Game - Arkansas @ Mississippi State - Thursday, January 14, 2010
Line - Mississippi State -14
Result - Mississippi State wine 82-80, but Arkansas covers the spread
This is the perfect kind of game for an official "on the take." An official determined to help Arkansas cover the spread (ie. win outright, or lose by 13 or fewer points) can do so either by letting Arkansas win naturally or by making sure Mississippi State doesn't win by MORE than 13. In other words, the official can alter the spread without affecting the outcome.
Use Calls To Stop Momentum Of The Team You Are Not Helping
Even with a 14-point spread, Mississippi State looked like they were going to blow it open early, taking a quick 12-5 lead and seizing ALL the early momentum. When they threatened to make it a 9 point lead less than 4 minutes into the game, Tony Greene stepped in and called a walk on a Bulldog player driving to the hoop.
But no matter what this officiating crew did to help the Razorbacks, it wasn't enough, as MSU couldn't miss and hit 11 of its first 12 shots to take a 14-point lead and cover the spread less than halfway through the first half.
After the Bulldogs took a 17-point lead with 5 minutes to go in the half, the Razorbacks turned up the defense and the shooting, and the officials turned down their whistles. Not a single call was made as the Hogs bumped their way to an 8-0 run and sliced the MSU lead to single digits. The MSU lead was 12 at the half.
Swallow Your Whistle When Things Are Going Your Way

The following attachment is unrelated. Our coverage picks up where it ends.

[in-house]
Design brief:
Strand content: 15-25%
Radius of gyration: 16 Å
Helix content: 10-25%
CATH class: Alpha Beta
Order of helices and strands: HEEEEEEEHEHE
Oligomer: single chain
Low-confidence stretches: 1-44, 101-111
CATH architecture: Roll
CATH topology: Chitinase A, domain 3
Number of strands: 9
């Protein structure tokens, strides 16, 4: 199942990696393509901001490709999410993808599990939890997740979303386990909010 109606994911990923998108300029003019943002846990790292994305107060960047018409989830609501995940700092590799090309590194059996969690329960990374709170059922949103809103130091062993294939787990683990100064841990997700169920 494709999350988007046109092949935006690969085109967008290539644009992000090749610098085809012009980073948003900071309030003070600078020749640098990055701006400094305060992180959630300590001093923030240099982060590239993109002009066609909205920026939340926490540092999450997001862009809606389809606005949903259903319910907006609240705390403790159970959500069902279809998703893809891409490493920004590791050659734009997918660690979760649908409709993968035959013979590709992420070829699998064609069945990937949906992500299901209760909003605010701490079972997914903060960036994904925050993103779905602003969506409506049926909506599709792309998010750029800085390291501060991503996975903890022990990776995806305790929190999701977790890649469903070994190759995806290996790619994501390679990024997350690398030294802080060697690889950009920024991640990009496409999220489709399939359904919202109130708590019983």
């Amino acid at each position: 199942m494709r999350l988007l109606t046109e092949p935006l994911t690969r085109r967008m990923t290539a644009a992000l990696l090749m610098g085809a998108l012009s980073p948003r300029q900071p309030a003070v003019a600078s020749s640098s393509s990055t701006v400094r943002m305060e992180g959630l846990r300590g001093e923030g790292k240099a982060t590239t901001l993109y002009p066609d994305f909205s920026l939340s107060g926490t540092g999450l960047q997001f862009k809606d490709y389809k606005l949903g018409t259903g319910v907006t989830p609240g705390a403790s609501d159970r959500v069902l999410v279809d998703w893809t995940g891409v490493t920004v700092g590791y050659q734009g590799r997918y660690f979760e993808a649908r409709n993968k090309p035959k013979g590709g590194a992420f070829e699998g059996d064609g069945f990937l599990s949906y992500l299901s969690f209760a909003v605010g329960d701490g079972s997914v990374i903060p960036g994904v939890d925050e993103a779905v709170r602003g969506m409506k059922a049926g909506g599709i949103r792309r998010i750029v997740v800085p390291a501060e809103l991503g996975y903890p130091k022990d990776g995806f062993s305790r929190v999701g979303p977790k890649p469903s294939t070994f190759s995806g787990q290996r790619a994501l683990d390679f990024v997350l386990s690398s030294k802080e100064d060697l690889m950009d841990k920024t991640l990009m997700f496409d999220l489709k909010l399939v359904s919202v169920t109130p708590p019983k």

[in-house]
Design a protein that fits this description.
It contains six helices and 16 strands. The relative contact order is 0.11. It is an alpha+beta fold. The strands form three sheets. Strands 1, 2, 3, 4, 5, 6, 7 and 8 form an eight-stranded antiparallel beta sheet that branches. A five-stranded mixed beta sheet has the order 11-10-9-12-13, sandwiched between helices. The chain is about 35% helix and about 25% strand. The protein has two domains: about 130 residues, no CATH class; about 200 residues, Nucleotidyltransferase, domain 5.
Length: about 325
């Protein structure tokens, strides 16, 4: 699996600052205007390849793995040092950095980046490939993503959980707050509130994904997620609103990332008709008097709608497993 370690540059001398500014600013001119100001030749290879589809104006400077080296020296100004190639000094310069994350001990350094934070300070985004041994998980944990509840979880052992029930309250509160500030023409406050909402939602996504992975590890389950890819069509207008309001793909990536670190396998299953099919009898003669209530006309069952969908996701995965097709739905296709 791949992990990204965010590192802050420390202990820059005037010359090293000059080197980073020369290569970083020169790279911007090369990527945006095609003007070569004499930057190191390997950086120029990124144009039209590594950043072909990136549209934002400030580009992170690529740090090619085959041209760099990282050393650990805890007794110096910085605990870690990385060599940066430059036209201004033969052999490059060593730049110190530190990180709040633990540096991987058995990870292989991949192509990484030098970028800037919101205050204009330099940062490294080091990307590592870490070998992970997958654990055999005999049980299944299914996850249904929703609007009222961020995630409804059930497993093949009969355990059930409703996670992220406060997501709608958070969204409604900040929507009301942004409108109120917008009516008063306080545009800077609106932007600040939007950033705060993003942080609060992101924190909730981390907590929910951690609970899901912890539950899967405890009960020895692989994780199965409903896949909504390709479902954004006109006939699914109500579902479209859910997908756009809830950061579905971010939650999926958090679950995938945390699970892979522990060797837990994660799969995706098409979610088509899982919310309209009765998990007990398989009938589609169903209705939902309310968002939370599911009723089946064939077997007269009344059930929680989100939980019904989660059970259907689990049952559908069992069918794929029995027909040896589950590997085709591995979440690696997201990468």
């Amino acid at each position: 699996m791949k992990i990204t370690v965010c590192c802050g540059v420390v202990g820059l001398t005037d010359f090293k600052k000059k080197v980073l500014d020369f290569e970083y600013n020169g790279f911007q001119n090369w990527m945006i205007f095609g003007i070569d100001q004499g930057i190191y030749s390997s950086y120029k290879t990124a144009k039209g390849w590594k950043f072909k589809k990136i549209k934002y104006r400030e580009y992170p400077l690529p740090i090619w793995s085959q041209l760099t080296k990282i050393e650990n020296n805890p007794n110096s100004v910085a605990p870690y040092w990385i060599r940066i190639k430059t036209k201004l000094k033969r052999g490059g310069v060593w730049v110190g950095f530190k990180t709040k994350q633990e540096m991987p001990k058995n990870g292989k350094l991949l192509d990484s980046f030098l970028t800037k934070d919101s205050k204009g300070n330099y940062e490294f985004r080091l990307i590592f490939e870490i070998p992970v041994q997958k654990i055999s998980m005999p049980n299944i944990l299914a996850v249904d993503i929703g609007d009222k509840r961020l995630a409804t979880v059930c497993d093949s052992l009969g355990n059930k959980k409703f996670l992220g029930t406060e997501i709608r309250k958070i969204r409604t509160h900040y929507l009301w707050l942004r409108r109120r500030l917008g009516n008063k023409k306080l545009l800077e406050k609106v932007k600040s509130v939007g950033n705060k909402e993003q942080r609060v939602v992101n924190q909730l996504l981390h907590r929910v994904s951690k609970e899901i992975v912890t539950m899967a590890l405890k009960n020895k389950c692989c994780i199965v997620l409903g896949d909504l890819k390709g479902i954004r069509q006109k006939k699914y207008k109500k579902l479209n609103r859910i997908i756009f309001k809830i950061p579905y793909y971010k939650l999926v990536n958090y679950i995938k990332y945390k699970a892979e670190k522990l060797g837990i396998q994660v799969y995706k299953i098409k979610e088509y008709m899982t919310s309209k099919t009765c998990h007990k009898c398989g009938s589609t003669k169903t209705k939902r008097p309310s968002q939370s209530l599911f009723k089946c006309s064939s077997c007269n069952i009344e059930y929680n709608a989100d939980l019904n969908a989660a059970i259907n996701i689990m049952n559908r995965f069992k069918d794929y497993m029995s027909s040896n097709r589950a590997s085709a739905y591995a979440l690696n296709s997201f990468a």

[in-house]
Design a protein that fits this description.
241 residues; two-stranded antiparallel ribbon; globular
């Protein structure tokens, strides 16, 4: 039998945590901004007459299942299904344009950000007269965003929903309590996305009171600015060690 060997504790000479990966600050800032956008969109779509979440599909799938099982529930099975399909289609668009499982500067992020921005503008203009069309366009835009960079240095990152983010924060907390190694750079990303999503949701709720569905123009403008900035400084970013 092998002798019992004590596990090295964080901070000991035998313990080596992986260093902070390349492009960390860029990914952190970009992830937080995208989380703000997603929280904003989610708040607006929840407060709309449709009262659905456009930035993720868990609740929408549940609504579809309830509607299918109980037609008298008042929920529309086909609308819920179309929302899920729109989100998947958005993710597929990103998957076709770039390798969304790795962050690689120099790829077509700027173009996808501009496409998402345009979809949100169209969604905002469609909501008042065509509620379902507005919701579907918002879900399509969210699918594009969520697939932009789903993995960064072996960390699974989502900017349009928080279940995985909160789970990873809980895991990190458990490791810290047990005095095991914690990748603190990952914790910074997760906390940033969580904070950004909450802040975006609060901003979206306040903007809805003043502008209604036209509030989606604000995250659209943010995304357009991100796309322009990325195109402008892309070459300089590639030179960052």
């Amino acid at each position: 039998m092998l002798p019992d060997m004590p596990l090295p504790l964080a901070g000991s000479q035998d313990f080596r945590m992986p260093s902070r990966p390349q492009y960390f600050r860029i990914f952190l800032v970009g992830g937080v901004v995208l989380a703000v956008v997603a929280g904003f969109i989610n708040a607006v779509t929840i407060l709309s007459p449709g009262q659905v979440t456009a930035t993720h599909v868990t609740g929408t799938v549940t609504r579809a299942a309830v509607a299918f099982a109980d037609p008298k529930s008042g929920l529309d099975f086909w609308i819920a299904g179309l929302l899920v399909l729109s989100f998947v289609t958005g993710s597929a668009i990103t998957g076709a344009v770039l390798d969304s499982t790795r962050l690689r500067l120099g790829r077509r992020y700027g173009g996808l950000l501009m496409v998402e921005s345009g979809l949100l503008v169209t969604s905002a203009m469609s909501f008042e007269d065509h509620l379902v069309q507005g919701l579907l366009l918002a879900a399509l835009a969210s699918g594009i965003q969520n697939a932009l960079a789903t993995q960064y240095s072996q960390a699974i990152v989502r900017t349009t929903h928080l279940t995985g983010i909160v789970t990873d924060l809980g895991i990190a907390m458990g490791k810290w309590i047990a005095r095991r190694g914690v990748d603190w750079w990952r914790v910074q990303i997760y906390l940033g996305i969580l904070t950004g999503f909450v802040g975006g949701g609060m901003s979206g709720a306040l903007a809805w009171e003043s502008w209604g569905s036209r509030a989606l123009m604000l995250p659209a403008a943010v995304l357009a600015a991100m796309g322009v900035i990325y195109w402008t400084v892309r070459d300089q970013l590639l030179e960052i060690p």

Although Mississippi State had surged to an early spread-covering lead, a couple of momentum-shifting calls had stopped this surge, and the halftime lead was only 12. As Arkansas began to find its second half rhythm, the officials virtually stopped calling fouls on either team and the Razorbacks began chipping away at the Bulldog lead.
Then, as MSU began to push the lead back into double digits, an imagined hand-check call against a Bulldog was followed by ANOTHER call on the same player, and Arkansas was awarded free throws which cut the lead to 9. An eschewed foul call on Arkansas on the next position allowed the Razorbacks to cut the lead to 7.
The Charge/Block Call. It Can Go Either Way So Make Sure It Goes Your Way
After a brief Mississippi State run extended their lead to 13 with about 10 minutes to go, it looked like the Bulldogs might pull away and dominate (and thus cover the spread.) Enter Tony Greene. Even though he wasn't working under the basket on a Razorback drive to the hoop, he swooped in to call a mysterious block on MSU that baffled even the ESPNU commentators.
With Arkansas seizing the momentum, the officials began ignoring Mississippi State fouls (in particular, one obvious one on a Razorback possession with 5 1/2 minutes to go - a possession that ended in a three-pointer), and the Razorbacks cut the lead to 6 with under 5 minutes to go.
At this point, the spread was not as much in question as the game was. Just as an official "on the take" would like it. With the spread taken care of, let the teams battle it out for the win.
And that's exactly what they did. With what appeared to be good officiating the last 5 minutes of the game, Mississippi State was able to pull out an 82-80 victory... but Arkansas covered the spread.